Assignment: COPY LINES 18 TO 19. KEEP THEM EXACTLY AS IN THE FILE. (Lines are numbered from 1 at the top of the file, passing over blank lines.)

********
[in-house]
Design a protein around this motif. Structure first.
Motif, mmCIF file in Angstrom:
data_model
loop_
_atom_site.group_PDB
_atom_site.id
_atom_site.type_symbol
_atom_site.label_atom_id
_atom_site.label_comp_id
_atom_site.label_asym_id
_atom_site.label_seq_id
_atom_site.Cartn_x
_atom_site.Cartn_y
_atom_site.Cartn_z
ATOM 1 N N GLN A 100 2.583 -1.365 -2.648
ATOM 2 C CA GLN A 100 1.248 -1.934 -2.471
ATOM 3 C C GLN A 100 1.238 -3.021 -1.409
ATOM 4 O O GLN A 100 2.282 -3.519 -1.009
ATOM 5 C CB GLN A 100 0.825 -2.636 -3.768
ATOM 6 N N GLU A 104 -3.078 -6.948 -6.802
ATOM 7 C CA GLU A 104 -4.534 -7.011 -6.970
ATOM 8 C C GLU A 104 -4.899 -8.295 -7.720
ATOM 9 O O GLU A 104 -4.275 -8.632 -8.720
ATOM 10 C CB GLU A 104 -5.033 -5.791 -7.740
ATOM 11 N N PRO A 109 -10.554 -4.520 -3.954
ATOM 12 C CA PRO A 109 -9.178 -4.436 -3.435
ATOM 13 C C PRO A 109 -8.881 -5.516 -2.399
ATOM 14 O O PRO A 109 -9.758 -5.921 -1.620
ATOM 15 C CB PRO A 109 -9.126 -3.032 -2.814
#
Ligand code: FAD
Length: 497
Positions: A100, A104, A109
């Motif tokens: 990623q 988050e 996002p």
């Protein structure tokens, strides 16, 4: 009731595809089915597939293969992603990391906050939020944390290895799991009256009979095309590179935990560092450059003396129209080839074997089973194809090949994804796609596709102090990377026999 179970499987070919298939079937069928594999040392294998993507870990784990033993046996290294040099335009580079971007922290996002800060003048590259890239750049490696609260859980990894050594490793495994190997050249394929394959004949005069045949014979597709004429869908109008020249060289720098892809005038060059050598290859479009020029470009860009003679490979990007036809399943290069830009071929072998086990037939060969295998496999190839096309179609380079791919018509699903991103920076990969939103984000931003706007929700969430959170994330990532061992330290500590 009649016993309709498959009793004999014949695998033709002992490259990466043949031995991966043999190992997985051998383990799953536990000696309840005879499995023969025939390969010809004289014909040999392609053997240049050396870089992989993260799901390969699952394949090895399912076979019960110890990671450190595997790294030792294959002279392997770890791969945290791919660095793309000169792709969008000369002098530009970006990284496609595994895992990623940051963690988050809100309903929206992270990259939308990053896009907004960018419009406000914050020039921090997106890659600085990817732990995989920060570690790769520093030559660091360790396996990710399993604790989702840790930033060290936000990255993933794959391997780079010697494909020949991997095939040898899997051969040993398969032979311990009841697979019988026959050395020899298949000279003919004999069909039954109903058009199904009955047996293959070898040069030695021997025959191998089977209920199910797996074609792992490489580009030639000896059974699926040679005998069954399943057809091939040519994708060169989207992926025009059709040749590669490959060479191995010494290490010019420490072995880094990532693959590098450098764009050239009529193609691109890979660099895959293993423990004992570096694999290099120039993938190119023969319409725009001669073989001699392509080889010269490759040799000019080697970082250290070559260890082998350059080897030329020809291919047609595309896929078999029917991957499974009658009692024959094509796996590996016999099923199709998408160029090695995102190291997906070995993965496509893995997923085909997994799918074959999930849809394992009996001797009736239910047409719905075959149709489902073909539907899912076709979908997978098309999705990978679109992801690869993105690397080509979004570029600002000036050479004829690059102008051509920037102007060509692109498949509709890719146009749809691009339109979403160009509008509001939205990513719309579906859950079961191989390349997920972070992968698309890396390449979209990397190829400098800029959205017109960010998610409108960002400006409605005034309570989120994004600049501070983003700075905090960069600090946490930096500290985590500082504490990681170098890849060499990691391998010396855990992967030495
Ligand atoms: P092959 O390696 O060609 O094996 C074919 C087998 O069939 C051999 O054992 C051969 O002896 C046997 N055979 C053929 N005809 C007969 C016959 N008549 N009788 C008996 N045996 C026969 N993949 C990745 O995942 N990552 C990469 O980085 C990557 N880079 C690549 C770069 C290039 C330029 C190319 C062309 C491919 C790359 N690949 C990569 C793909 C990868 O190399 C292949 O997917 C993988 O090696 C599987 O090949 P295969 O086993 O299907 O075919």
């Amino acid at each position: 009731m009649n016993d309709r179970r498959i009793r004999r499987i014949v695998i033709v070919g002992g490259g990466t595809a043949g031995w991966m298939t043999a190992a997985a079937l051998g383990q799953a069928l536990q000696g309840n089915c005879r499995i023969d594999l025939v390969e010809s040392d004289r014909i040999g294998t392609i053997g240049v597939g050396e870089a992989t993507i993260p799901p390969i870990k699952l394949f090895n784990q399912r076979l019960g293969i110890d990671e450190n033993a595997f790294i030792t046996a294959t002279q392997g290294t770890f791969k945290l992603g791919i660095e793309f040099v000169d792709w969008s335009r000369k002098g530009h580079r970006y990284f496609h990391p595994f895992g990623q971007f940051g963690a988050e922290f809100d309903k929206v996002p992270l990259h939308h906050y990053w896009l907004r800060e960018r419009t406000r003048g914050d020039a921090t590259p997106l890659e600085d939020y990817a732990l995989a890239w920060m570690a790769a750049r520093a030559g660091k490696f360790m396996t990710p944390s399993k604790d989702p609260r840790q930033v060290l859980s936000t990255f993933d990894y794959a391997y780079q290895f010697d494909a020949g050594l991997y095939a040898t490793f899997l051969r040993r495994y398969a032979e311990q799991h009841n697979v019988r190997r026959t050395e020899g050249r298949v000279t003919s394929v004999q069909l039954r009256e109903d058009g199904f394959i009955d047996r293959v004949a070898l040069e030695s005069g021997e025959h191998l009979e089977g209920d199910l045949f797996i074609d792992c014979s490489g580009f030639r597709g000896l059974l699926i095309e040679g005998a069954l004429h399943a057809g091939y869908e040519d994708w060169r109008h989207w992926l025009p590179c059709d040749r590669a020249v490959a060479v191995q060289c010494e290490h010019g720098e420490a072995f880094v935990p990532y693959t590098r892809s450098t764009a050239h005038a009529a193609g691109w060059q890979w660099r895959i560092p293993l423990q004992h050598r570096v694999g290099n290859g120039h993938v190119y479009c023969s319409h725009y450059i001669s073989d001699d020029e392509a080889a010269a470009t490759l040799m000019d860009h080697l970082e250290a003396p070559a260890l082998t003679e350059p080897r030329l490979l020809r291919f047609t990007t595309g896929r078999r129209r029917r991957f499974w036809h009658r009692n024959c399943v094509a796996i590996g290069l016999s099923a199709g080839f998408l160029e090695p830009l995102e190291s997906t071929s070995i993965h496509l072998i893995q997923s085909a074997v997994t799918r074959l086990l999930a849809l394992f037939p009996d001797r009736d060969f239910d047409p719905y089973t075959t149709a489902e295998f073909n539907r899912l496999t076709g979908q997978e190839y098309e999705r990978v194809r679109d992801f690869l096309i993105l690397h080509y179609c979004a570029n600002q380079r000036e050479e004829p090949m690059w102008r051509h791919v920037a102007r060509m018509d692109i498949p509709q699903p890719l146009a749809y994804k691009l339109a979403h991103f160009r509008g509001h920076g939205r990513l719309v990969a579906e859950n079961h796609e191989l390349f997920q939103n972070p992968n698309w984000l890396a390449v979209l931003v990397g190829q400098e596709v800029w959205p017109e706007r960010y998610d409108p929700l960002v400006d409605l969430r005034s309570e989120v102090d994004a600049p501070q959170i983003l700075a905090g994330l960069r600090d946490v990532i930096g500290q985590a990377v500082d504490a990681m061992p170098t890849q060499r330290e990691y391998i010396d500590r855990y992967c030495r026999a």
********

ATOM 3 C C GLN A 100 1.238 -3.021 -1.409
ATOM 4 O O GLN A 100 2.282 -3.519 -1.009